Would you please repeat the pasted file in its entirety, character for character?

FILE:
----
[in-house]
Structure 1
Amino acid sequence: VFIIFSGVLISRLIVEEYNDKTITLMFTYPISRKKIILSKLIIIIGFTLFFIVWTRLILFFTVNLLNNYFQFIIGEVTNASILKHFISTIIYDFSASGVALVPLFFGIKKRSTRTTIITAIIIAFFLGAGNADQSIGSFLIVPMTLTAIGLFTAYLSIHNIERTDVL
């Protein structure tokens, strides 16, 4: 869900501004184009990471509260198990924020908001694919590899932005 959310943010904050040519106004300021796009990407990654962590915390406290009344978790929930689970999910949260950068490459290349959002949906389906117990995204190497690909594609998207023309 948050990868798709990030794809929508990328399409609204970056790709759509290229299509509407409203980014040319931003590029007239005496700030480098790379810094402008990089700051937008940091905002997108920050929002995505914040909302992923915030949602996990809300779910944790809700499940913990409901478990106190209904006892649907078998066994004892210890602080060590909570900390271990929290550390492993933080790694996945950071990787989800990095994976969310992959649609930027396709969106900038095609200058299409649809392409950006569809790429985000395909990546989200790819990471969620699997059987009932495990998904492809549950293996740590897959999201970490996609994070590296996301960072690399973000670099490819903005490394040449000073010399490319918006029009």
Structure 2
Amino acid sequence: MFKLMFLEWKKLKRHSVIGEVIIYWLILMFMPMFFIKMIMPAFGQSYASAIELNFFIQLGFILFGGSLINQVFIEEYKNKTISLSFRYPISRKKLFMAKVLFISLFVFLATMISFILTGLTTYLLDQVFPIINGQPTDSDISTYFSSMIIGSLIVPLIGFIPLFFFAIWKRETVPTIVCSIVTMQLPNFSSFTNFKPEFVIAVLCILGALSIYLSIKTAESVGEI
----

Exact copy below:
[in-house]
Structure 1
Amino acid sequence: VFIIFSGVLISRLIVEEYNDKTITLMFTYPISRKKIILSKLIIIIGFTLFFIVWTRLILFFTVNLLNNYFQFIIGEVTNASILKHFISTIIYDFSASGVALVPLFFGIKKRSTRTTIITAIIIAFFLGAGNADQSIGSFLIVPMTLTAIGLFTAYLSIHNIERTDVL
């Protein structure tokens, strides 16, 4: 869900501004184009990471509260198990924020908001694919590899932005 959310943010904050040519106004300021796009990407990654962590915390406290009344978790929930689970999910949260950068490459290349959002949906389906117990995204190497690909594609998207023309 948050990868798709990030794809929508990328399409609204970056790709759509290229299509509407409203980014040319931003590029007239005496700030480098790379810094402008990089700051937008940091905002997108920050929002995505914040909302992923915030949602996990809300779910944790809700499940913990409901478990106190209904006892649907078998066994004892210890602080060590909570900390271990929290550390492993933080790694996945950071990787989800990095994976969310992959649609930027396709969106900038095609200058299409649809392409950006569809790429985000395909990546989200790819990471969620699997059987009932495990998904492809549950293996740590897959999201970490996609994070590296996301960072690399973000670099490819903005490394040449000073010399490319918006029009």
Structure 2
Amino acid sequence: MFKLMFLEWKKLKRHSVIGEVIIYWLILMFMPMFFIKMIMPAFGQSYASAIELNFFIQLGFILFGGSLINQVFIEEYKNKTISLSFRYPISRKKLFMAKVLFISLFVFLATMISFILTGLTTYLLDQVFPIINGQPTDSDISTYFSSMIIGSLIVPLIGFIPLFFFAIWKRETVPTIVCSIVTMQLPNFSSFTNFKPEFVIAVLCILGALSIYLSIKTAESVGEI